In 1981, I was born in Eugene, Oregon. Three months later, my family and I moved back to Brazil where I would spend my childhood and adolescence. At the time, I didn't know that the little blue passport sitting in my dresser drawer would one day become my golden ticket to a life I had only dreamed about.
As a kid, I would play soccer in the streets and ride bikes with my friends until the sunset. My primary concerns included school samba championships and who would be winning the World Cup. I was surrounded by beautiful beaches. The food was farm to table fresh. My community was friendly and content to be with each other. Life was simple.
As I grew, I clung to the values of my community. However, the rose-colored glasses of childhood could not remain on forever. I began to see the struggles of my community for what they were--crime, pollution, and a seemingly uncrossable socioeconomic gap. In 1999, I attended the Universidade de Sao Paulo, where I earned a B.S. in Economics.
During my studies, it became clear that Brazils culture was a key factor in the limitations and struggles of the economic sphere. So, in search of a new perspective, I left Brazil and traveled to study abroad in Sydney, Australia. I would spend the following year earning my M.Sc in International Business and falling in love with Sydney's culture. At the time, it reminded me of the carefree ease of my childhood.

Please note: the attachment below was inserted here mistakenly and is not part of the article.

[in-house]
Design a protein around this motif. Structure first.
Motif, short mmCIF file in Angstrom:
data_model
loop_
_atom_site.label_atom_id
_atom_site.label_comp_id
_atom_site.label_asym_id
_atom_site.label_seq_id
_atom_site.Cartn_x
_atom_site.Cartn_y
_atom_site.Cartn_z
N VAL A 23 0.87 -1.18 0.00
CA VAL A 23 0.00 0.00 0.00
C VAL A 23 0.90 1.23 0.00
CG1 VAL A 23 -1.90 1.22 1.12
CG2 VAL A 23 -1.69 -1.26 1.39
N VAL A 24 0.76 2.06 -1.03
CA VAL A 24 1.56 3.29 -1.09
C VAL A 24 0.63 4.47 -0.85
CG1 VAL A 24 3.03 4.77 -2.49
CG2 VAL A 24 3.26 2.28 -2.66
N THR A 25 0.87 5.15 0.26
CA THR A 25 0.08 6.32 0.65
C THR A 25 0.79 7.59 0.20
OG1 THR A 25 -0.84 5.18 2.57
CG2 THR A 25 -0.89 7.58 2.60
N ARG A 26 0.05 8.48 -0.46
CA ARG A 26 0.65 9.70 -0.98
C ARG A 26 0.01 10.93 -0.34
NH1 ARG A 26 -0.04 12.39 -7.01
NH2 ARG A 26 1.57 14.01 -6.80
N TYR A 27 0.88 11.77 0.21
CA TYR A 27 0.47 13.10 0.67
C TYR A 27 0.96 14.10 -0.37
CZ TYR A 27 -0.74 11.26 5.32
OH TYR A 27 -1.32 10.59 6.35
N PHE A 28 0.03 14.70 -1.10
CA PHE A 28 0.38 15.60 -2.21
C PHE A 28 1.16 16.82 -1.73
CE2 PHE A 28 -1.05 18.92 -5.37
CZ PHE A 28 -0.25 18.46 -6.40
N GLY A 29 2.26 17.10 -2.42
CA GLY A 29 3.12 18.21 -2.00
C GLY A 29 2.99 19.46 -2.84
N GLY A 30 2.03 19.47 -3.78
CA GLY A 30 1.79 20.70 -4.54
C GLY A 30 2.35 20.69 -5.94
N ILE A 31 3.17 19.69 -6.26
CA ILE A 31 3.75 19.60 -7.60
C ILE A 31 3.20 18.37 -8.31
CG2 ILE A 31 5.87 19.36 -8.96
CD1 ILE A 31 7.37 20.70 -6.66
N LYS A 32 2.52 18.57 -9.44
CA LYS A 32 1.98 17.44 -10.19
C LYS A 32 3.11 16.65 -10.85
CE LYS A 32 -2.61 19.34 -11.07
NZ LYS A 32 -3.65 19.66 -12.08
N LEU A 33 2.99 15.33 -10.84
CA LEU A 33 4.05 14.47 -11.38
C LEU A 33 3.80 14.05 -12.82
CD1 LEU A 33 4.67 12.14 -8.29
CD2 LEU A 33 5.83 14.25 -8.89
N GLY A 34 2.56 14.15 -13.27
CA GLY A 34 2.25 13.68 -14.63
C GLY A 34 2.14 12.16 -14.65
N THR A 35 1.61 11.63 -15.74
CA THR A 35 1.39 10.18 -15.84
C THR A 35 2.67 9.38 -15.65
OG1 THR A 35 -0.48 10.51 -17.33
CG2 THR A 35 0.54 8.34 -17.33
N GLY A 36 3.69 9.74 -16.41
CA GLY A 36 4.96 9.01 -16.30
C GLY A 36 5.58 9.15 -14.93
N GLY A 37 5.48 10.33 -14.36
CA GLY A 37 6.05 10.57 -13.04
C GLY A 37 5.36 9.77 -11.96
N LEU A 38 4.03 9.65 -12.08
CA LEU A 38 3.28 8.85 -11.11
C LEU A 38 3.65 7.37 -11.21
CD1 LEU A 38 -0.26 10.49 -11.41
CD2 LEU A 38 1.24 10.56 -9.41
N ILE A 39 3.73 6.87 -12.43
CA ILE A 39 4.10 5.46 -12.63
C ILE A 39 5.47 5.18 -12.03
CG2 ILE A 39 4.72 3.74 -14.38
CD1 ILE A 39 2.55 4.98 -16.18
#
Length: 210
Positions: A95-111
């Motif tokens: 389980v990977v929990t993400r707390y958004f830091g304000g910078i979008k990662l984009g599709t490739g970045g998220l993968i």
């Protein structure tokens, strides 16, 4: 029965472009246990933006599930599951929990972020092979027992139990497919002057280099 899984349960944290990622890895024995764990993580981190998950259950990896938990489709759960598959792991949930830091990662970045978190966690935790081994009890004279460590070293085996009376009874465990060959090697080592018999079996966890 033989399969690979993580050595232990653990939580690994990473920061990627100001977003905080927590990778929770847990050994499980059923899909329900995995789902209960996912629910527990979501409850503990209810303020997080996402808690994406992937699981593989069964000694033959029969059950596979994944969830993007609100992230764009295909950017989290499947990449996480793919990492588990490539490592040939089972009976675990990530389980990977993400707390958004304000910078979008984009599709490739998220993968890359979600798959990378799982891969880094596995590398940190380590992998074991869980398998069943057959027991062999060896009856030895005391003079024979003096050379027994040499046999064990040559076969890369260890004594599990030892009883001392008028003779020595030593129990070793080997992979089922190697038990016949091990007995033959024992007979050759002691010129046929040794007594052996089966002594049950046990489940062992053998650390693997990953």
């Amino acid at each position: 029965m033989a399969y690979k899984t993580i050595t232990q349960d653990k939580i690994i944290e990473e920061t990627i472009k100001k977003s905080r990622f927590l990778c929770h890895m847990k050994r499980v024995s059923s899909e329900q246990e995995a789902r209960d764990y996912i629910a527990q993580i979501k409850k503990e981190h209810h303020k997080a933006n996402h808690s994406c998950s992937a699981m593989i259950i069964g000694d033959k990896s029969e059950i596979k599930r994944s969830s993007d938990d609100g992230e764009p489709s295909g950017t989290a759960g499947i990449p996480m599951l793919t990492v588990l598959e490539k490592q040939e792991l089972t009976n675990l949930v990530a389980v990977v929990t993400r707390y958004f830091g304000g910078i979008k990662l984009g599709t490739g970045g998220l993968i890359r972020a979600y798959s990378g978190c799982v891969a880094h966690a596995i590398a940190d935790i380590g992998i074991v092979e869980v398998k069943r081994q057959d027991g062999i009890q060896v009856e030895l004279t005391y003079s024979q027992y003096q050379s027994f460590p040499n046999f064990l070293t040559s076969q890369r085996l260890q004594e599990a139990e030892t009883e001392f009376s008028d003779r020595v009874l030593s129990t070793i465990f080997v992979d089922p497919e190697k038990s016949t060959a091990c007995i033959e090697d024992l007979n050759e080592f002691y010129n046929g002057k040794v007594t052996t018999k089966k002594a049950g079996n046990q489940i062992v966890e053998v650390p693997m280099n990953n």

Following the completion of my degree I looked for a job in Sydney but was unsuccessful. That's when I remembered the little blue passport. I knew, if I went to America, I would be leaving a lot behind: Friends, family, and the comforts of home. Like most immigrants I asked myself over and over: Is chasing something bigger worth it? But, by 2005 I had decided it was.
With the support of my parents, I packed my bags, emptied my bank account, and boarded a plane to California. I began working for Warner Bros. Entertainment and then Riot Games. Over the years I grew my career, skills, and family.
Of course, I miss Brazil. Like many Immigrants, I struggle to find Identity in a culture that I did not grow up in; but, I find pieces of my home country playing volleyball on the beach, eating fresh food, and spending time with my family.In 2021, mid-pandemic, I decided it was time to take another risk. With the support of my wife and 3 daughters behind me, I was able to launch Playgig Game Studio. A year in, I am reminded of my journey up to this point. I feel pride in the life and home that I've built in America and am excited to see where the next years will take me.